What we know from the history of lung transplantation, which is many, many decades now, is that in the beginning of the prognosis, if you receive a lung transplant, was very, very, very poor. Now, we're on average of about six years post-transplant is the expected survival for a double lung recipient. Now, of course there are extenuating circumstances that can make that post-transplant survival be really short, but there are several people who will live 15 or 20 or 25 years with a lung transplant and be relatively healthy. So, it all really depends on the situation and the context of a person's disease. What's true is what we're trying to do here is to, first and foremost, is increase the number of transplants that are available to patients. If we do that, we are, by default, saving lives, because people who are on a waitlist for more than several months, let's say, run an extreme risk of dying. So, if we can just make more organs available and keep people alive longer, perhaps there is a potential to receive some other kind of therapy of a more traditional transplant.

So, that's basically what's called a bridge to transplant idea where if we can give somebody back even five percent pulmonary function, we might improve their quality of life such that they do better on the transplant waitlist, and then, they can receive a better therapy. But what we really want to go after here is to create a lung that essentially belongs to the patient. So, we want to be able to, at the end of the day, take cells from the patient, expand them in culture in a laboratory, seed them into a scaffold, and create a piece of tissue made out of the patient's own cells. If we can do that, we give the patient back an organ that is theirs. We reduce the need for immunosuppression, because we're not giving them a foreign piece of tissue. We're giving them their own tissue back. I believe if we can achieve that, we will not only dramatically increase the post-transplant survival period, but we'll perhaps revolutionize the whole field of transplant by giving people autologous organs, which nobody has really been able to do so far.

Kelly:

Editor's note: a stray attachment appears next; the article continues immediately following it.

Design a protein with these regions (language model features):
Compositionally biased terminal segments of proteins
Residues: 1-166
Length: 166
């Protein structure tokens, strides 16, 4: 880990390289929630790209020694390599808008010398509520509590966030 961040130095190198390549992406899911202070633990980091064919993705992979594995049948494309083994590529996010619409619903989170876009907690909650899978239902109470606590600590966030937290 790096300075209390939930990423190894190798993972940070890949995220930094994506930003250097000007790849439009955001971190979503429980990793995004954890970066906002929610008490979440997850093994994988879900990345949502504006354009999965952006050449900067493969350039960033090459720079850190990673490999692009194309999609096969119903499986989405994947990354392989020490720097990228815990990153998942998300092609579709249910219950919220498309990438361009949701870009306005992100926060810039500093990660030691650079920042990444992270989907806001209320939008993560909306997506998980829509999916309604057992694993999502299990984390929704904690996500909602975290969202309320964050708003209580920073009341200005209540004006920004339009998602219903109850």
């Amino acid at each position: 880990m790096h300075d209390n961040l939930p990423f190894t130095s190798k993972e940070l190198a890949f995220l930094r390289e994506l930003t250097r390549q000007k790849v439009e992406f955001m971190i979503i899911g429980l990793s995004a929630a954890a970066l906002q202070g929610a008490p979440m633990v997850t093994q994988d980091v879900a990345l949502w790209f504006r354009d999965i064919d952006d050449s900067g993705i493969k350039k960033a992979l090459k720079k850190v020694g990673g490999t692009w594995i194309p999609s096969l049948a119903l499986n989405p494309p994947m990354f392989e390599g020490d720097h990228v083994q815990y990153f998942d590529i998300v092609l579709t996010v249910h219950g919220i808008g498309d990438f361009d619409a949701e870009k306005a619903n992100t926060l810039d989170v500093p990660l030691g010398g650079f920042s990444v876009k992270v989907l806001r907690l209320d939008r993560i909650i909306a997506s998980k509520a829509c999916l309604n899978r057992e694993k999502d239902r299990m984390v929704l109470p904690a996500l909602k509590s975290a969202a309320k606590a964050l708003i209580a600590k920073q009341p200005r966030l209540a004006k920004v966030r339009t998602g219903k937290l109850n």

It makes my heart beat a little bit faster just thinking about being able to say that and to offer that. The motivation from this mission comes from our leaders up and from the vision that Martine Rothblatt has toward meeting the need for an unlimited supply of organs. To offer that to patients is why we're here. It's a chance to provide the cure and to improve quality of life for people that don't have an endless trajectory. None of us do, but I think it offers a better outcome for them. I think what UT is offering is sort of a four-legged stool or platform from which to improve the lives of patients. So, whether it's from a reconditioned human lung or a genetically engineered lung or a 3D printed lung scaffold or a recellularized porcine scaffold, those are all moon shots toward achieving the goal. I think there's going to be a lot of learning in those realms that is going to lead to improved medicines from what is learned I this effort as well as an unlimited supply of organs.

Ryan:                           
From our perspective, the mission here is not complete until we get to that day. So, we can do the fanciest science. We can do the hottest topic in biomedical research, but until we are physically helping people, our job is not done. I think that everybody who works at United Therapeutics understands that. What I love about UT is that everybody's on board with the same mission, and we are all working very hard to get there every day.

Kelly:                          
My name is Kelly Guthrie, and I'm aware that I'm rare.

Ryan:                           
And my name is Ryan Bonvillain, and I'm aware that I'm rare.